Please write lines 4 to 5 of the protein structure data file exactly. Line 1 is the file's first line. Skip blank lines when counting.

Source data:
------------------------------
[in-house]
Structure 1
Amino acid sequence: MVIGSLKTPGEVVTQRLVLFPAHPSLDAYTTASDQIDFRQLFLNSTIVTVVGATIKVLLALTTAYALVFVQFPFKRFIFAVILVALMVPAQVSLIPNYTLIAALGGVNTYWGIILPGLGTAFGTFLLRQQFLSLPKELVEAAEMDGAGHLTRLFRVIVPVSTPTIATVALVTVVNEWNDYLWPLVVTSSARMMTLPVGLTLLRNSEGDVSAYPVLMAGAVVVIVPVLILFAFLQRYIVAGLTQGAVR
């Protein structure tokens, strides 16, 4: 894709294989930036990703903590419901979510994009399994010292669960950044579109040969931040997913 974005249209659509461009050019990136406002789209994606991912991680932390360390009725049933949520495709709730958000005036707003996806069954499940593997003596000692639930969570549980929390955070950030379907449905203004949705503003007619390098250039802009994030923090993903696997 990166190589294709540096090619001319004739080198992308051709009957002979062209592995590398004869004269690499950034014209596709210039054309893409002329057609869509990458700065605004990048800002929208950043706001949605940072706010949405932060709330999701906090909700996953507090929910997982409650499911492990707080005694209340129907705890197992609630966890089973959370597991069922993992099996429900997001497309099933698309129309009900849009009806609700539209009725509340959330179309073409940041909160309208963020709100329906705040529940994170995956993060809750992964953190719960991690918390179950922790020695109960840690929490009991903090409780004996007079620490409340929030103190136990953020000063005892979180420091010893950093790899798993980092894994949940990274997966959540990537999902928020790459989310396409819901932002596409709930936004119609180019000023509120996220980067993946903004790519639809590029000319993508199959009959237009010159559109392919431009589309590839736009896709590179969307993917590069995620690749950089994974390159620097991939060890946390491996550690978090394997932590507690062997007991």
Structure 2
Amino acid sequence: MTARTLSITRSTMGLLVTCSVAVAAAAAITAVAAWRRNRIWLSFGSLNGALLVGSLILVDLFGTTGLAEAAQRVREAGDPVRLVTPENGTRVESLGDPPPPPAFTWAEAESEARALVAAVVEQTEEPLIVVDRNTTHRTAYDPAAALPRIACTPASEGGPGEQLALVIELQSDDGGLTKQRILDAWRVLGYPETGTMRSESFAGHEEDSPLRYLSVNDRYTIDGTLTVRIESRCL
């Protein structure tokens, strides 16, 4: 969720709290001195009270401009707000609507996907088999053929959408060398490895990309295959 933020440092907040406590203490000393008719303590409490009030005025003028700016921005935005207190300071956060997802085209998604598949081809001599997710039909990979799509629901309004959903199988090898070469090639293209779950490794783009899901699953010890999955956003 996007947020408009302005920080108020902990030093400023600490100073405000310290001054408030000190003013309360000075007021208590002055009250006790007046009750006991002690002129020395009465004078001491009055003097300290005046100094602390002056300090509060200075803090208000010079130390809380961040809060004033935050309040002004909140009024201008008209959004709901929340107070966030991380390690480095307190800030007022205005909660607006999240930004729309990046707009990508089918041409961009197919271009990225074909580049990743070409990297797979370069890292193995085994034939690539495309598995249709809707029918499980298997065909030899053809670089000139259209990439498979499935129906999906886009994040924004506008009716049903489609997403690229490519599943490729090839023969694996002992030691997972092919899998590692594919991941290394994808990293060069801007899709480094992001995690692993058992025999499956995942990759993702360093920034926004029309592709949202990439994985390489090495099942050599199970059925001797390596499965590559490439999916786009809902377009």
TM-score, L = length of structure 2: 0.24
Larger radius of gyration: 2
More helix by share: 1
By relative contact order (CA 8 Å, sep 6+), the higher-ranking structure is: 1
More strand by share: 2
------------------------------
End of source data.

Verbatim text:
């Protein structure tokens, strides 16, 4: 894709294989930036990703903590419901979510994009399994010292669960950044579109040969931040997913 974005249209659509461009050019990136406002789209994606991912991680932390360390009725049933949520495709709730958000005036707003996806069954499940593997003596000692639930969570549980929390955070950030379907449905203004949705503003007619390098250039802009994030923090993903696997 990166190589294709540096090619001319004739080198992308051709009957002979062209592995590398004869004269690499950034014209596709210039054309893409002329057609869509990458700065605004990048800002929208950043706001949605940072706010949405932060709330999701906090909700996953507090929910997982409650499911492990707080005694209340129907705890197992609630966890089973959370597991069922993992099996429900997001497309099933698309129309009900849009009806609700539209009725509340959330179309073409940041909160309208963020709100329906705040529940994170995956993060809750992964953190719960991690918390179950922790020695109960840690929490009991903090409780004996007079620490409340929030103190136990953020000063005892979180420091010893950093790899798993980092894994949940990274997966959540990537999902928020790459989310396409819901932002596409709930936004119609180019000023509120996220980067993946903004790519639809590029000319993508199959009959237009010159559109392919431009589309590839736009896709590179969307993917590069995620690749950089994974390159620097991939060890946390491996550690978090394997932590507690062997007991």
Structure 2